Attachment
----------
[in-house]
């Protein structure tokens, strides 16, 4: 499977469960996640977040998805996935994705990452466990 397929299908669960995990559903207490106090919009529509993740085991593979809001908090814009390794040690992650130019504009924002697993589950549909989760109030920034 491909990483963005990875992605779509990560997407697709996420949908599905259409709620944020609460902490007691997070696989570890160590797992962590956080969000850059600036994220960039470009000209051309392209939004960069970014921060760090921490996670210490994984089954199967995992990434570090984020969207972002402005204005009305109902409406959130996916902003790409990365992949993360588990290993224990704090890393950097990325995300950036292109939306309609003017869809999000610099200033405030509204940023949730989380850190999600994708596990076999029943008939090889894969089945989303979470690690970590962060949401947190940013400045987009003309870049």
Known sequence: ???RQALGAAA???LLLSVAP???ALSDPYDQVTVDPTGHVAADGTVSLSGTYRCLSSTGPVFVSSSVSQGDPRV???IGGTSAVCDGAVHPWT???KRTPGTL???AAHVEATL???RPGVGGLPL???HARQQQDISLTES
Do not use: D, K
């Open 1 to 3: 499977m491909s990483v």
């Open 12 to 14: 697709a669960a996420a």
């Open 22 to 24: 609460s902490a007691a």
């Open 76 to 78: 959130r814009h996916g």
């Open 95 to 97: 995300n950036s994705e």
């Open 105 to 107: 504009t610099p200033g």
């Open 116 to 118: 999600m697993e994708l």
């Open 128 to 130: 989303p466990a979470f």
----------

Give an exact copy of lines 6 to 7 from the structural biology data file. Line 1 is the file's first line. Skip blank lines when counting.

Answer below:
């Open 12 to 14: 697709a669960a996420a």
């Open 22 to 24: 609460s902490a007691a």